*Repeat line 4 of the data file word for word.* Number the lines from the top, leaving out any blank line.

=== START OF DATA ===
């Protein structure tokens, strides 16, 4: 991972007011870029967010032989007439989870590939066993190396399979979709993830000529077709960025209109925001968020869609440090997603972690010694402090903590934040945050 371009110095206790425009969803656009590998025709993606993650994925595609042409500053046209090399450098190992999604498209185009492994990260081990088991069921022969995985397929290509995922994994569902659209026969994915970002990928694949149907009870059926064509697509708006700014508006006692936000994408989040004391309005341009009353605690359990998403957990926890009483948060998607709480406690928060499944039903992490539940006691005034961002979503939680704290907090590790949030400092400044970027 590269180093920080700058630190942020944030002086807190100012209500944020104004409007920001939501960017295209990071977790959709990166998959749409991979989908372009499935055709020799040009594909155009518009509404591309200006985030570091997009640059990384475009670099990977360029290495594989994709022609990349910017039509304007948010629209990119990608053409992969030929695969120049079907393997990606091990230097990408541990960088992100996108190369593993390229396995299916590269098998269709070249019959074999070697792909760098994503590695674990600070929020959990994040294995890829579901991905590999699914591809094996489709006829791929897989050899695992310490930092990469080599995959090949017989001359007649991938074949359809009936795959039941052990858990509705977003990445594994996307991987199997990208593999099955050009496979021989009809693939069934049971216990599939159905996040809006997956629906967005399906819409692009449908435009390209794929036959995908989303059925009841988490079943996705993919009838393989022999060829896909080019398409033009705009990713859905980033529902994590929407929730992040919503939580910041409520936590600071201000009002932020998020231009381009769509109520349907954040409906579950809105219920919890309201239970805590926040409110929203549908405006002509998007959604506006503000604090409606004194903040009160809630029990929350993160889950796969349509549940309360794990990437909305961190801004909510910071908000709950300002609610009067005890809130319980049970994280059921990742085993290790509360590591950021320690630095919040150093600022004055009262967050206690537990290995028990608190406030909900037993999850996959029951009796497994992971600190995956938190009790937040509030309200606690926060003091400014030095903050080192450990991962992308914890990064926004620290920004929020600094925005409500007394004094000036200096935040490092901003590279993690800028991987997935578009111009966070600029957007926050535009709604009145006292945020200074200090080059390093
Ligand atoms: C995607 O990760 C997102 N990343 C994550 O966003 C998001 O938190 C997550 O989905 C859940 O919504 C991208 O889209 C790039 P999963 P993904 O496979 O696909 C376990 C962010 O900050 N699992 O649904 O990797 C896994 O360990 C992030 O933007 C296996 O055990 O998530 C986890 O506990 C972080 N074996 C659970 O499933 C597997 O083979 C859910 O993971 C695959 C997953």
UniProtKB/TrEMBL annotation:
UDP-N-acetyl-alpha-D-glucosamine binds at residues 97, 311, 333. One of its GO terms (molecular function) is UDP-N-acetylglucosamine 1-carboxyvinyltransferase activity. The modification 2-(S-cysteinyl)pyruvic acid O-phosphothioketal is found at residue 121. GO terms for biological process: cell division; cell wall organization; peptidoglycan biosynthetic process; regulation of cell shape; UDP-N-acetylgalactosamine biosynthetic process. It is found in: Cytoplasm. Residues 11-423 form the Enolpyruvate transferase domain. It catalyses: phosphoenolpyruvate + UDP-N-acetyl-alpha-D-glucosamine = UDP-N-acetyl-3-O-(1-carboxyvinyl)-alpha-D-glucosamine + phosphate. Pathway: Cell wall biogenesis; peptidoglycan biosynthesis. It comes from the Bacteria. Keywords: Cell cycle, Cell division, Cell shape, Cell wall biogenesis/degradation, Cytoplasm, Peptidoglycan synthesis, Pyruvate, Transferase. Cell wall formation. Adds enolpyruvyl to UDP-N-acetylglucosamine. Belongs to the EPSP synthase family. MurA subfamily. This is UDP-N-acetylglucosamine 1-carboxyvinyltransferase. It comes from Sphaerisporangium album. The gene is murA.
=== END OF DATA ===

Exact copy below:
UDP-N-acetyl-alpha-D-glucosamine binds at residues 97, 311, 333. One of its GO terms (molecular function) is UDP-N-acetylglucosamine 1-carboxyvinyltransferase activity. The modification 2-(S-cysteinyl)pyruvic acid O-phosphothioketal is found at residue 121. GO terms for biological process: cell division; cell wall organization; peptidoglycan biosynthetic process; regulation of cell shape; UDP-N-acetylgalactosamine biosynthetic process. It is found in: Cytoplasm. Residues 11-423 form the Enolpyruvate transferase domain. It catalyses: phosphoenolpyruvate + UDP-N-acetyl-alpha-D-glucosamine = UDP-N-acetyl-3-O-(1-carboxyvinyl)-alpha-D-glucosamine + phosphate. Pathway: Cell wall biogenesis; peptidoglycan biosynthesis. It comes from the Bacteria. Keywords: Cell cycle, Cell division, Cell shape, Cell wall biogenesis/degradation, Cytoplasm, Peptidoglycan synthesis, Pyruvate, Transferase. Cell wall formation. Adds enolpyruvyl to UDP-N-acetylglucosamine. Belongs to the EPSP synthase family. MurA subfamily. This is UDP-N-acetylglucosamine 1-carboxyvinyltransferase. It comes from Sphaerisporangium album. The gene is murA.